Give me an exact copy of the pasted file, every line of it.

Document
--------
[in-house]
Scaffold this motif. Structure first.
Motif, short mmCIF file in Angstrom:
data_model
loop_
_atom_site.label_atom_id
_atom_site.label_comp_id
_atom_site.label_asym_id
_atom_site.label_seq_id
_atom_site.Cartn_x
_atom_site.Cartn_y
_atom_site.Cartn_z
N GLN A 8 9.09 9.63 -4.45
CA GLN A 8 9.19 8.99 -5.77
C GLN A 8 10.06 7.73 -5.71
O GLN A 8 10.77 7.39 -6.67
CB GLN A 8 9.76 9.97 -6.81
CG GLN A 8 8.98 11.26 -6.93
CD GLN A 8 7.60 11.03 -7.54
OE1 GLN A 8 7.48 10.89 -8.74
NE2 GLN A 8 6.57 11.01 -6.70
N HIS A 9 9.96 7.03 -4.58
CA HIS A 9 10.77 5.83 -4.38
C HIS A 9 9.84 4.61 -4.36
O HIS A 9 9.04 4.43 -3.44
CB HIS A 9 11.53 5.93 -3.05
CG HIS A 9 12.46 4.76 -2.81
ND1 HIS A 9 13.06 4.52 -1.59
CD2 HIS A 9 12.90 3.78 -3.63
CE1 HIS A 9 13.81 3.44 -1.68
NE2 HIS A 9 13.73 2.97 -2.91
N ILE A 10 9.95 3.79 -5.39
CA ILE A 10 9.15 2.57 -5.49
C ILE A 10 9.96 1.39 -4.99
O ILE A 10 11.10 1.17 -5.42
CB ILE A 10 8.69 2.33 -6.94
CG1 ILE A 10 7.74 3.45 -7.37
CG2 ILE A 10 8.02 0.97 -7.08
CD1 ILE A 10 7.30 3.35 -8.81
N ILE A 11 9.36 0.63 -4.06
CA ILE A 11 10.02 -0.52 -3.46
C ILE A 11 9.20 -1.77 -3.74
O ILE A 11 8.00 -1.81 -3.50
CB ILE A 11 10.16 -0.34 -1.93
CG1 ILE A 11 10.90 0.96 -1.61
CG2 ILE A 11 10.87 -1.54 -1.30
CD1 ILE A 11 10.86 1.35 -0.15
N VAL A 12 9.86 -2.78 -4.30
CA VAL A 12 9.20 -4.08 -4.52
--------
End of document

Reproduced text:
[in-house]
Scaffold this motif. Structure first.
Motif, short mmCIF file in Angstrom:
data_model
loop_
_atom_site.label_atom_id
_atom_site.label_comp_id
_atom_site.label_asym_id
_atom_site.label_seq_id
_atom_site.Cartn_x
_atom_site.Cartn_y
_atom_site.Cartn_z
N GLN A 8 9.09 9.63 -4.45
CA GLN A 8 9.19 8.99 -5.77
C GLN A 8 10.06 7.73 -5.71
O GLN A 8 10.77 7.39 -6.67
CB GLN A 8 9.76 9.97 -6.81
CG GLN A 8 8.98 11.26 -6.93
CD GLN A 8 7.60 11.03 -7.54
OE1 GLN A 8 7.48 10.89 -8.74
NE2 GLN A 8 6.57 11.01 -6.70
N HIS A 9 9.96 7.03 -4.58
CA HIS A 9 10.77 5.83 -4.38
C HIS A 9 9.84 4.61 -4.36
O HIS A 9 9.04 4.43 -3.44
CB HIS A 9 11.53 5.93 -3.05
CG HIS A 9 12.46 4.76 -2.81
ND1 HIS A 9 13.06 4.52 -1.59
CD2 HIS A 9 12.90 3.78 -3.63
CE1 HIS A 9 13.81 3.44 -1.68
NE2 HIS A 9 13.73 2.97 -2.91
N ILE A 10 9.95 3.79 -5.39
CA ILE A 10 9.15 2.57 -5.49
C ILE A 10 9.96 1.39 -4.99
O ILE A 10 11.10 1.17 -5.42
CB ILE A 10 8.69 2.33 -6.94
CG1 ILE A 10 7.74 3.45 -7.37
CG2 ILE A 10 8.02 0.97 -7.08
CD1 ILE A 10 7.30 3.35 -8.81
N ILE A 11 9.36 0.63 -4.06
CA ILE A 11 10.02 -0.52 -3.46
C ILE A 11 9.20 -1.77 -3.74
O ILE A 11 8.00 -1.81 -3.50
CB ILE A 11 10.16 -0.34 -1.93
CG1 ILE A 11 10.90 0.96 -1.61
CG2 ILE A 11 10.87 -1.54 -1.30
CD1 ILE A 11 10.86 1.35 -0.15
N VAL A 12 9.86 -2.78 -4.30
CA VAL A 12 9.20 -4.08 -4.52